Friday, May 8, 2020

Out of the mouths of babes....

 A senior Boston University administrator demanded that I remove or otherwise "redact" or "edit" more than half of the following posting, in fact the most important parts, those with the most intellectual content and value, leaving almost none of the intellectual content of the original posting remaining. I plan to explain the events surrounding this act of suppression on subsequent blog pages when I have a chance to make future postings. As other pages on this blog (including the page that precedes this one) have described, this is neither the first nor only time a Boston University administrator has intervened to control and censor what I publish (or say in interviews). Given the extraordinary importance of the free and open exchange of ideas that a university is supposedly devoted to fostering, it is not a record for a university to be proud of. -- Ray Carney

The posting on the previous page ("Ray Carney's Commencement Address") elicited a truly overwhelming (and wonderfully supportive and sympathetic) response, particularly from administrators at other universities, who comprise a large proportion of the readership of this blog.

 A lengthy section was removed at this point.

 I will limit myself to posting my response to a note I received this morning from one of my most brilliant former Ph.D. students who responded to my posting in a completely different way from anyone else. He and his wife are now engaged in raising a family and he wrote me about what the experience of spending so much time with a young child has taught him, and how it relates to my posting. A very lightly edited version of my somewhat hastily emailed reply to him, which quotes part of his email to me, follows.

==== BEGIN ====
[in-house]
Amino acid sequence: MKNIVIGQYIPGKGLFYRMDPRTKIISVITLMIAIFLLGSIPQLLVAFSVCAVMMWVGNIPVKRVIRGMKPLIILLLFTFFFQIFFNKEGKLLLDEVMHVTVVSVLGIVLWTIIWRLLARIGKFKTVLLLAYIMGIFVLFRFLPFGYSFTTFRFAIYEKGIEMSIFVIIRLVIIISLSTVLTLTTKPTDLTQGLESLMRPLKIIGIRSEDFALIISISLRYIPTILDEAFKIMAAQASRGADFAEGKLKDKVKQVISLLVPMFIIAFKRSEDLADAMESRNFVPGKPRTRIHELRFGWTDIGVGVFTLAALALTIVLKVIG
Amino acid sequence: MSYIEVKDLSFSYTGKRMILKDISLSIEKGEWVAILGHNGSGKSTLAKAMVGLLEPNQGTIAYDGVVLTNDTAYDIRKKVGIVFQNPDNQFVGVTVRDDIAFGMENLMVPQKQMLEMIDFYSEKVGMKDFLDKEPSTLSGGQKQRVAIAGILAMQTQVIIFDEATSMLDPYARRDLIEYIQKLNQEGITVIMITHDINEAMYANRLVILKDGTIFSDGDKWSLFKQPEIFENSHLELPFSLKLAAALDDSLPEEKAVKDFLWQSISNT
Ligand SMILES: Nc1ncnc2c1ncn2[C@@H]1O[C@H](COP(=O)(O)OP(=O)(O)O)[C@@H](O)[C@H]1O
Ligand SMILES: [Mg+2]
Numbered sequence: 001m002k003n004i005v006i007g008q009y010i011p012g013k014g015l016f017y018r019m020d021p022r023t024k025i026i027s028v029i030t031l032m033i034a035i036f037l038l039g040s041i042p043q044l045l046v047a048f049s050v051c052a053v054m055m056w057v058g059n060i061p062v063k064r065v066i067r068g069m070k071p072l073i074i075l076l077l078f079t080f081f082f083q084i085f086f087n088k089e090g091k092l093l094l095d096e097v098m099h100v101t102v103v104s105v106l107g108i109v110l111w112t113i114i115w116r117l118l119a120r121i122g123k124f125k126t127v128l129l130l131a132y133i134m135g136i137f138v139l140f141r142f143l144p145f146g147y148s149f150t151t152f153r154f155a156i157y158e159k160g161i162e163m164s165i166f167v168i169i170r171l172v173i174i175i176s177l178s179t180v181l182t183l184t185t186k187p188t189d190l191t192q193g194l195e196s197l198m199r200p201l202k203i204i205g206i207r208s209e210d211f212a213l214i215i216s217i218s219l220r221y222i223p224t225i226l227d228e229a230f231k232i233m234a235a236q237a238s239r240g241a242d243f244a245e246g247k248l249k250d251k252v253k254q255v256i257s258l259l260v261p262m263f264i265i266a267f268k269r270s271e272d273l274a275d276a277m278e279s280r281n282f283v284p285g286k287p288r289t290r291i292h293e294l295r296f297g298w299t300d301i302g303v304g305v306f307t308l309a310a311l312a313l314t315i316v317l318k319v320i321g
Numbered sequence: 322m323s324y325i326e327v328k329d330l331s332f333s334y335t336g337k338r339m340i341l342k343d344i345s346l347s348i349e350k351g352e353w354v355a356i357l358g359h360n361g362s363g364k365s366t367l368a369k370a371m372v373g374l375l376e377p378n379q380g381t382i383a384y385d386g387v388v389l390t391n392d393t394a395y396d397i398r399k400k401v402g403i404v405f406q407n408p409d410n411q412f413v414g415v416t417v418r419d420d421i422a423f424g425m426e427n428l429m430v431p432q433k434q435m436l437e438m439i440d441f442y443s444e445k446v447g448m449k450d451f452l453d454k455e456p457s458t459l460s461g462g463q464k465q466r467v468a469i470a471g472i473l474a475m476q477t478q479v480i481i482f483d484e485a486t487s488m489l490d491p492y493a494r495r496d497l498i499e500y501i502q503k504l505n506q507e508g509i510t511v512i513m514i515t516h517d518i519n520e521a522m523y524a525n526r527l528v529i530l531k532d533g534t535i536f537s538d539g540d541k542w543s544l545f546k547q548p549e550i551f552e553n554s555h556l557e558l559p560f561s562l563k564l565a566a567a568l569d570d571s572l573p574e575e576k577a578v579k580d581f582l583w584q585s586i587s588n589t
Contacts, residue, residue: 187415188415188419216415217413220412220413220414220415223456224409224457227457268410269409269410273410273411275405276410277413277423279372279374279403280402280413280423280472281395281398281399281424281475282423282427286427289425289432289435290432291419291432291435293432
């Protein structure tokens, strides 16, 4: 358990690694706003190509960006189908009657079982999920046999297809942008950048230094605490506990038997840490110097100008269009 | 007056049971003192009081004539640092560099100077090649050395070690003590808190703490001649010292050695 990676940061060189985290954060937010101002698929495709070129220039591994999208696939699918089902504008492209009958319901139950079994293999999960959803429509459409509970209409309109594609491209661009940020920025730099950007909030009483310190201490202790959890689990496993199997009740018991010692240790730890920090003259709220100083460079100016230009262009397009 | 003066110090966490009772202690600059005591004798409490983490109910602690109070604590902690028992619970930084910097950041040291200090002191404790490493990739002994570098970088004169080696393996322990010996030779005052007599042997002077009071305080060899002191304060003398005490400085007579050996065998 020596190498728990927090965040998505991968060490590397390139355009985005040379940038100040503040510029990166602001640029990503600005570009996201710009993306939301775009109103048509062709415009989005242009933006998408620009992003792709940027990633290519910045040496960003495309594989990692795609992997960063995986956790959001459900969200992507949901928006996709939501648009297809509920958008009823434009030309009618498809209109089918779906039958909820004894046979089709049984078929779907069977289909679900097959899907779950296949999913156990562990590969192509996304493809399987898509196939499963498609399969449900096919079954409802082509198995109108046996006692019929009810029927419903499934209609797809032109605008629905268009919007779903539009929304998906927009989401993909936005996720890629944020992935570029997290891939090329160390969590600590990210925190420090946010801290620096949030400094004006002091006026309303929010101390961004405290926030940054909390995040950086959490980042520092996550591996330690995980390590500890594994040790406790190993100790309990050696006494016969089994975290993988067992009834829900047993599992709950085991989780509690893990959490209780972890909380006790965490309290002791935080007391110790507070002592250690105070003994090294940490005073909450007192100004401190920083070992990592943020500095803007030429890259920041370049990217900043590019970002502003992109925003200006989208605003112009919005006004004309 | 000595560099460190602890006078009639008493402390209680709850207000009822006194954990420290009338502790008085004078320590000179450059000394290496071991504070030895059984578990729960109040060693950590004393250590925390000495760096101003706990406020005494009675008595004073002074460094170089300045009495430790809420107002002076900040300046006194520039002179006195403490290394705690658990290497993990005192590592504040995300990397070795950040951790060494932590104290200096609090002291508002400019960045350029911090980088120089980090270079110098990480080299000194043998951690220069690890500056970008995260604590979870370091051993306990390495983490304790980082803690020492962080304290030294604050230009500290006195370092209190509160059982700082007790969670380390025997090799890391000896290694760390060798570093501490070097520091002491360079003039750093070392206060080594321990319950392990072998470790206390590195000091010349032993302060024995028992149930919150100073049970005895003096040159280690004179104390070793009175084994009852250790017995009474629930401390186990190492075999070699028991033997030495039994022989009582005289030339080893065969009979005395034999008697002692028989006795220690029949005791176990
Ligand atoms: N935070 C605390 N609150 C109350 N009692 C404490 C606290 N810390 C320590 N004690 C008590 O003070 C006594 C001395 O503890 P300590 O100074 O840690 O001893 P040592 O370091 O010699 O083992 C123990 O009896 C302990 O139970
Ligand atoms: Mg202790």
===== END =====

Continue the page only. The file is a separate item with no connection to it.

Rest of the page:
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Thanks for the kind and thoughtful reply. Since I still haven't yet turned my grades in, and am still going crazy with my three massive Bresson volumes, this shall be (mercifully?) brief. Only to note that your--

.... in my current state, I relate everything to [parenthood] but I could not help but think about the ways in which [my child] and I are helping to cultivate each other's inner worlds. I try so hard every day to create a space for him to learn what it is to be himself, and in so doing I run up against so many assumptions, cliches, inherited ideas that I didn't even know I still had. Seeing things through his eyes, I see so much that my "adult" brain has been trained to ignore, or categorize, explain, contain. All of this is to say that I am of course still building and revising and training my own eyes and ears and heart and soul, and god willing I'll never stop! ....

--is the shortest, most condensed statement of what is wrong with contemporary criticism and how to fix it that could possibly be articulated.... Original response is what a work (a genuine work) of art is, and what a critic must find a way of responding to... and what the race, class, gender, ideology, cultural studies critics fall flat on their behinds for NOT doing. Work for truth. In art and in commentary on it. We live in a world of lies, as much in criticism as in politics, both liberal and conservative.

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I was told to remove (or, again in the euphemistic circumlocution, "redact" or"edit") the entire conclusion of the posting, from this point to the end, a discussion of a very important issue that applies to many students and teachers at many universities. It ended with the words "The loss is incalculable," which might equally apply to the policies of a university that monitors and controls faculty expression in the ways the Boston University of President Robert Brown does, and has done for many years.